Earth’s gold came from colliding dead stars
We value gold for many reasons: its beauty, its usefulness as jewelry, and its rarity. Gold is rare on Earth in part because it's also rare in the universe. Unlike elements like carbon or iron, it cannot be created within a star. Instead, it must be born in a more cataclysmic event—like one that occurred last month known as a short gamma-ray burst (GRB). Observations of this GRB provide evidence that it resulted from the collision of two neutron stars—the dead cores of stars that previously exploded as supernovae. Moreover, a unique glow that persisted for days at the GRB location potentially signifies the creation of substantial amounts of heavy elements—including gold.
"We estimate that the amount of gold produced and ejected during the merger of the two neutron stars may be as large as 10 moon masses—quite a lot of bling!" says lead author Edo Berger of the Harvard-Smithsonian Center for Astrophysics (CfA).
Berger presented the finding Wednesday in a press conference at the CfA in Cambridge, Mass.
A gamma-ray burst is a flash of high-energy light (gamma rays) from an extremely energetic explosion. Most are found in the distant universe. Berger and his colleagues studied GRB 130603B which, at a distance of 3.9 billion light-years from Earth, is one of the nearest bursts seen to date.
Gamma-ray bursts come in two varieties—long and short—depending on how long the flash of gamma rays lasts. GRB 130603B, detected by NASA's Swift satellite on June 3rd, lasted for less than two-tenths of a second.
Although the gamma rays disappeared quickly, GRB 130603B also displayed a slowly fading glow dominated by infrared light. Its brightness and behavior didn't match a typical "afterglow," which is created when a high-speed jet of particles slams into the surrounding environment.
Instead, the glow behaved like it came from exotic radioactive elements. The neutron-rich material ejected by colliding neutron stars can generate such elements, which then undergo radioactive decay, emitting a glow that's dominated by infrared light - exactly what the team observed.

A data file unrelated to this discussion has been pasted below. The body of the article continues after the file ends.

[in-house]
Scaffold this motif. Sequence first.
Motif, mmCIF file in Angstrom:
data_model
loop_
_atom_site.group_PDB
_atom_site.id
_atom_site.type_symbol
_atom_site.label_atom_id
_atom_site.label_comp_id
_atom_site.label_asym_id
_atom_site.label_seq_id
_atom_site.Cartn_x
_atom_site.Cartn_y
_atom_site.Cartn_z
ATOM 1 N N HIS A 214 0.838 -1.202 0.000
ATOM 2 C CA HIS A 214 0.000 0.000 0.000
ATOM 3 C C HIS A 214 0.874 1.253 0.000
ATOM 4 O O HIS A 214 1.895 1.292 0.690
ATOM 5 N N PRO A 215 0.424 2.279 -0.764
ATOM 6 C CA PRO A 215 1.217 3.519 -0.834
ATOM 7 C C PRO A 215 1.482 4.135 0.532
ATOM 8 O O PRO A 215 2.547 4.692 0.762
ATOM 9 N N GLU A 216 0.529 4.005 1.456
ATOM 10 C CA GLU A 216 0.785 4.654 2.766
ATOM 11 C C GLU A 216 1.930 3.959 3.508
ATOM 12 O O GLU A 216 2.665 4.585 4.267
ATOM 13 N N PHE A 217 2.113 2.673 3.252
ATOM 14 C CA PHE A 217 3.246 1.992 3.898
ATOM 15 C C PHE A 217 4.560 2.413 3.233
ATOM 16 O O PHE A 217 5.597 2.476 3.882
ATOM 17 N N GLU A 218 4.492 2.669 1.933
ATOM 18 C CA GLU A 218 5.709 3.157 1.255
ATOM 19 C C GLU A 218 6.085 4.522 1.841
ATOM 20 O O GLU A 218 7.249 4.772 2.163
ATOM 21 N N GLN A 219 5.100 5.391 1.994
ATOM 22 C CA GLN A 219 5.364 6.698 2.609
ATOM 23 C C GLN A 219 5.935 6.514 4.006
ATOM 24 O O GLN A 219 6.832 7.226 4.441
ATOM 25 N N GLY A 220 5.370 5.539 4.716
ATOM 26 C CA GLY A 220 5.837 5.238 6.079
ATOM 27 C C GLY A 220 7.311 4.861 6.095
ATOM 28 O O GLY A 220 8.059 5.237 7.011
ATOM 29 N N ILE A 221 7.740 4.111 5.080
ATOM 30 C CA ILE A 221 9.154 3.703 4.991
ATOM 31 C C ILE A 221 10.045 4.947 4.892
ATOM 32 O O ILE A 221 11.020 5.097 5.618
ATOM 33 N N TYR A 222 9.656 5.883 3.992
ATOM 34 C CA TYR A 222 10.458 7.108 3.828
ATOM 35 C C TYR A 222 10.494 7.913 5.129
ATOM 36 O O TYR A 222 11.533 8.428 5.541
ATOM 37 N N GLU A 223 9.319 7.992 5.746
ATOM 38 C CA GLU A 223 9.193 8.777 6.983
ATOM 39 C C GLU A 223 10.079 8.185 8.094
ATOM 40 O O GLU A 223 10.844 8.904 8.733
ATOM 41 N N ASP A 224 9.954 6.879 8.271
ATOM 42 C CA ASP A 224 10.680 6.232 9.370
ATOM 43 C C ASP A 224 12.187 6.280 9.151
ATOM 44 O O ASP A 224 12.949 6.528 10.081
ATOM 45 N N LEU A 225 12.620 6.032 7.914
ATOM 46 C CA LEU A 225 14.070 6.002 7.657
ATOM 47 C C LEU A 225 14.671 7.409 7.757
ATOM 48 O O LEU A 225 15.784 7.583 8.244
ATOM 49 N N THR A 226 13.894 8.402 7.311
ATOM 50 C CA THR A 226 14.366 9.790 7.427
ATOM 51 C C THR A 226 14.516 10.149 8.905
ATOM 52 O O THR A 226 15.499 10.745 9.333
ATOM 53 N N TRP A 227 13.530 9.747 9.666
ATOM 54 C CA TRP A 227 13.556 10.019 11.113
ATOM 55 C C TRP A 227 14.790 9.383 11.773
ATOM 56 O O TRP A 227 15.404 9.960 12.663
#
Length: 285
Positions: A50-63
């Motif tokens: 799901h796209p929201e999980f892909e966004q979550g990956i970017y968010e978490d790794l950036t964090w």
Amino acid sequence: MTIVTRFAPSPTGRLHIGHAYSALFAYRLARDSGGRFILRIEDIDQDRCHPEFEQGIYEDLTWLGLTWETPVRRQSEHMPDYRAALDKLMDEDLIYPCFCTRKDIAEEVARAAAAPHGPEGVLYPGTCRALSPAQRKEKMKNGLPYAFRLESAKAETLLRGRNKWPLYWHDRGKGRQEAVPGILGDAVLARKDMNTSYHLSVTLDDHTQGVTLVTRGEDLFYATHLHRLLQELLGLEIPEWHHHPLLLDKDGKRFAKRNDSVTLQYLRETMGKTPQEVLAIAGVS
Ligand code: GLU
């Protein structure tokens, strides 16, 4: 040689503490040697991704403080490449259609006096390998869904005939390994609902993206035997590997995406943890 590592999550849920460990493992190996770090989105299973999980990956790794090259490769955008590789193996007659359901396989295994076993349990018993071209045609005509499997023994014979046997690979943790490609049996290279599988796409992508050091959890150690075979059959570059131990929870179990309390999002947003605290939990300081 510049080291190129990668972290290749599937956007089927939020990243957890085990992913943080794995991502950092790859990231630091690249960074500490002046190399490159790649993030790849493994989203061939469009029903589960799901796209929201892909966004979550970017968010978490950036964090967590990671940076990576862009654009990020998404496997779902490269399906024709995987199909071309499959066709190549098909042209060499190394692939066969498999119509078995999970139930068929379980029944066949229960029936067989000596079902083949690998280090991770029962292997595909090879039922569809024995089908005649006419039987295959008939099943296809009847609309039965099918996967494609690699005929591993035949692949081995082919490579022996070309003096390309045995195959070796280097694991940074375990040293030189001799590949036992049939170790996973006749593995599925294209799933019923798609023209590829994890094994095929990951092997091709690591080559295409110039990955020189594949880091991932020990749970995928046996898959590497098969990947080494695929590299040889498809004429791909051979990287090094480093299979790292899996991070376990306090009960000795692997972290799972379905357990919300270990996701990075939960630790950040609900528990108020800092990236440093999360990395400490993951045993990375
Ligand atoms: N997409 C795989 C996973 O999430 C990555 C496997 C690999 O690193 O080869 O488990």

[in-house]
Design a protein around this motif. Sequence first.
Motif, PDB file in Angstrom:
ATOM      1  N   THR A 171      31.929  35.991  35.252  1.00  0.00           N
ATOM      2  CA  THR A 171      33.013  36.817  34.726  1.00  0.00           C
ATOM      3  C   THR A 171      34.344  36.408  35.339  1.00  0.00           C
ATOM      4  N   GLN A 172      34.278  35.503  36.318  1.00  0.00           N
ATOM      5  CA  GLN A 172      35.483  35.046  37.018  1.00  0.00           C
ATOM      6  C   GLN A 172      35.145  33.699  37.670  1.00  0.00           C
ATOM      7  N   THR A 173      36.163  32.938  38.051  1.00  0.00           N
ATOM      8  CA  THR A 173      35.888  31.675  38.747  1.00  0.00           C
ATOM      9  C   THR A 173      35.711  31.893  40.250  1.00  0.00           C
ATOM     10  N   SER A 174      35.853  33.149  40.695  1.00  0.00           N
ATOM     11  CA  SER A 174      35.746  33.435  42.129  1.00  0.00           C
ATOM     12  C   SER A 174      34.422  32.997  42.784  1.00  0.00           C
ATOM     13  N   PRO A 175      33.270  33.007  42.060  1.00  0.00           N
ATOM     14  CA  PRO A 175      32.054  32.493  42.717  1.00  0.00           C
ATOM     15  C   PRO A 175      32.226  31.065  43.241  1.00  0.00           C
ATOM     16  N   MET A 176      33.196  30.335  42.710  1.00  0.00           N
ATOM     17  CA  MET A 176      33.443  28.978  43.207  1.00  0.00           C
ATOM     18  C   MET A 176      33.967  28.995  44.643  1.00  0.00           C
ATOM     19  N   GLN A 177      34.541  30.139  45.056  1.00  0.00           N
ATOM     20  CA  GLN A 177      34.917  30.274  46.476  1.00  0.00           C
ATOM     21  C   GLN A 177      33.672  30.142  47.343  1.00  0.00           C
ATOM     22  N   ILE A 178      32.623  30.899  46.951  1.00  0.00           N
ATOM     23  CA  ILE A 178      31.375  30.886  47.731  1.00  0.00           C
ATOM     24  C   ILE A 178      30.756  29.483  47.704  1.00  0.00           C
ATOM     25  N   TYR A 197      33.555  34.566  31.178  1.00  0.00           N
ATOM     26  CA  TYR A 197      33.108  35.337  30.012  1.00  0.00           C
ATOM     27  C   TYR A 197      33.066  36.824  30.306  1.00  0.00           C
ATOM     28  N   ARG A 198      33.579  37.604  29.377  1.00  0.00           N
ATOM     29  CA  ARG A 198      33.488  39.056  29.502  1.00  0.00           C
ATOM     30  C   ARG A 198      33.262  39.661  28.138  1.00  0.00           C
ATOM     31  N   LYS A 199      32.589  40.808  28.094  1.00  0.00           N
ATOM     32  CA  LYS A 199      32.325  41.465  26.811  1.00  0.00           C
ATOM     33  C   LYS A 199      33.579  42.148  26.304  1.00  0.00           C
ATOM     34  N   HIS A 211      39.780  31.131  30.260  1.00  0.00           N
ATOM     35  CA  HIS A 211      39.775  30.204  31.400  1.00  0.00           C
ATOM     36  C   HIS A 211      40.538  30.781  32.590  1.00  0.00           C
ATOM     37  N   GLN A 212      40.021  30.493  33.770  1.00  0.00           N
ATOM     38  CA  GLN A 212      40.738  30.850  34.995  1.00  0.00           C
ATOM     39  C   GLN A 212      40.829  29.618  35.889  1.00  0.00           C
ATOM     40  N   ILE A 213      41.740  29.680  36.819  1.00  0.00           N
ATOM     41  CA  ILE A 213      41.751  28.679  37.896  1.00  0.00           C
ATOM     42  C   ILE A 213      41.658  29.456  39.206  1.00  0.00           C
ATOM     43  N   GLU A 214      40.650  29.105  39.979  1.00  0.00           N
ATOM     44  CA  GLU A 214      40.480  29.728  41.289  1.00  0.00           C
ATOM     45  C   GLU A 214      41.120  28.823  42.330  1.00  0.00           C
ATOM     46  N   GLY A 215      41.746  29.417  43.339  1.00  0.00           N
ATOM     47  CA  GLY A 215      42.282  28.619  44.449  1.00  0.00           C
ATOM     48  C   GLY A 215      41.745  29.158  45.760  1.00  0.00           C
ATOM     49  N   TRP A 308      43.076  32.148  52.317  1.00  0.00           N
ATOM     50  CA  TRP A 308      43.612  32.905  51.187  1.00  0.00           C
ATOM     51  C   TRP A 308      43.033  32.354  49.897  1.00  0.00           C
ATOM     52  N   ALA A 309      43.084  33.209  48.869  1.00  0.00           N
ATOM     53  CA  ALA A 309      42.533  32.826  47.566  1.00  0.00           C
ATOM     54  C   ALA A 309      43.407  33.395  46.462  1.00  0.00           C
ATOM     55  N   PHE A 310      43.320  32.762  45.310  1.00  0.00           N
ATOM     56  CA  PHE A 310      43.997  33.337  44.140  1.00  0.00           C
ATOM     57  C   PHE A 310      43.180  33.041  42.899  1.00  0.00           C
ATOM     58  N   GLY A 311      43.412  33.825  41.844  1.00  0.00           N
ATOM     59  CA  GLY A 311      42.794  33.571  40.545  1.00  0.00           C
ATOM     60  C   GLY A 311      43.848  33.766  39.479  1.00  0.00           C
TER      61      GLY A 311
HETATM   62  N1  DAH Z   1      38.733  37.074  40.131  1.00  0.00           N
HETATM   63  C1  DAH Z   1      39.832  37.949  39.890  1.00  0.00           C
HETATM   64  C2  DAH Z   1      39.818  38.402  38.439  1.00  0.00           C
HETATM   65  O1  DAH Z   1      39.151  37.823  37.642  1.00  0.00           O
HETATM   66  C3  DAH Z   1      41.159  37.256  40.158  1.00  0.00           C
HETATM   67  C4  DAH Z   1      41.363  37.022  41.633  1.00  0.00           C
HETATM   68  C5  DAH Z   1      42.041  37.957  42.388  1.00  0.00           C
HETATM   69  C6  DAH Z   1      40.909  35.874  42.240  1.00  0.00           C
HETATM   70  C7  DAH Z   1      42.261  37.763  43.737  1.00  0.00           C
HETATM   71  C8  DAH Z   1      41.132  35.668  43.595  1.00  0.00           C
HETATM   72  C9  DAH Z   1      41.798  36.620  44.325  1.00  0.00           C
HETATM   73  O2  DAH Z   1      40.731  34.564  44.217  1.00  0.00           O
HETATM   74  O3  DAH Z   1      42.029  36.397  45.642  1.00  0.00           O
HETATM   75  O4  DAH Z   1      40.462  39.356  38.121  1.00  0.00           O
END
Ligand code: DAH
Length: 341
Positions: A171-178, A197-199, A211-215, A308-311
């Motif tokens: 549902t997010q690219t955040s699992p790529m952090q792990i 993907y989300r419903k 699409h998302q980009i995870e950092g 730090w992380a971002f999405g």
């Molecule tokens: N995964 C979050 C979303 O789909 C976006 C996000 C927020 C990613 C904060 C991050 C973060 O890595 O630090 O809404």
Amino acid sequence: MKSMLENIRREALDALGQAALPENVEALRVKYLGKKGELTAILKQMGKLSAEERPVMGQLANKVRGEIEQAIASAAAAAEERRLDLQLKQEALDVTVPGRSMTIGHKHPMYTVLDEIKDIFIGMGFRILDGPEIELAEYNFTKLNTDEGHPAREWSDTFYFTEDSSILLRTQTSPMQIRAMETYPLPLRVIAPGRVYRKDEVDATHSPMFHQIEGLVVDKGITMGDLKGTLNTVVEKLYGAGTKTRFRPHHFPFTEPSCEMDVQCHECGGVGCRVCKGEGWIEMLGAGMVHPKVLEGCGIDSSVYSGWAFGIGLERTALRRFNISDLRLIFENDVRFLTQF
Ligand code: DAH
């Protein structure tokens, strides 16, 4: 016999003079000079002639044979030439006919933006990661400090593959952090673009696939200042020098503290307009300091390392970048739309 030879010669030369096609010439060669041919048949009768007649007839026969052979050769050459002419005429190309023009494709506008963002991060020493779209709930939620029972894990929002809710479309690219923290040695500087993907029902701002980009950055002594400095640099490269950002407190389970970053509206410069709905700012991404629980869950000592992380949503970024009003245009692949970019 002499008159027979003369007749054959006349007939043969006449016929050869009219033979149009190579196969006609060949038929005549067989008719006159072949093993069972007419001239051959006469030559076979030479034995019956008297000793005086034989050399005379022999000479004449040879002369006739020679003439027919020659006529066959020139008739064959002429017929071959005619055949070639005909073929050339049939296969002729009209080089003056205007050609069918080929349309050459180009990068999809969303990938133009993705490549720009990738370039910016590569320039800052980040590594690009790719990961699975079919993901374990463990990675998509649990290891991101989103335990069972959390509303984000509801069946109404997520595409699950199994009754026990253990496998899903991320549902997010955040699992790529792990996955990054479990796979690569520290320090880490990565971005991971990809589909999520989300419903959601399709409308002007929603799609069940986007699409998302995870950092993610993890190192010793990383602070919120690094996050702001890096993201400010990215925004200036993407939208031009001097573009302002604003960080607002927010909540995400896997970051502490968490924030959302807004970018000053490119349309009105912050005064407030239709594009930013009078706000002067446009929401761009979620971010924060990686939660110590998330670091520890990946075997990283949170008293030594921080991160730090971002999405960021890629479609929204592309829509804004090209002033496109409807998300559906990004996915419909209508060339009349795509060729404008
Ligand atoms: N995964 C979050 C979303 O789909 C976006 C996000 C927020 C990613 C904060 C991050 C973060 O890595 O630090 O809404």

"We've been looking for a 'smoking gun' to link a short gamma-ray burst with a neutron star collision. The radioactive glow from GRB 130603B may be that smoking gun," explains Wen-fai Fong, a graduate student at the CfA and a co-author of the paper.
The team calculates that about one-hundredth of a solar mass of material was ejected by the gamma-ray burst, some of which was gold. By combining the estimated gold produced by a single short GRB with the number of such explosions that have occurred over the age of the universe, all the gold in the cosmos might have come from gamma-ray bursts.
"To paraphrase Carl Sagan, we are all star stuff, and our jewelry is colliding-star stuff," says Berger.
The team's results have been submitted for publication in The Astrophysical Journal Letters and are available online. Berger's co-authors are Wen-fai Fong and Ryan Chornock, both of the CfA.
Headquartered in Cambridge, Mass., the Harvard-Smithsonian Center for Astrophysics (CfA) is a joint collaboration between the Smithsonian Astrophysical Observatory and the Harvard College Observatory. CfA scientists, organized into six research divisions, study the origin, evolution and ultimate fate of the universe.
Source: Harvard Univ.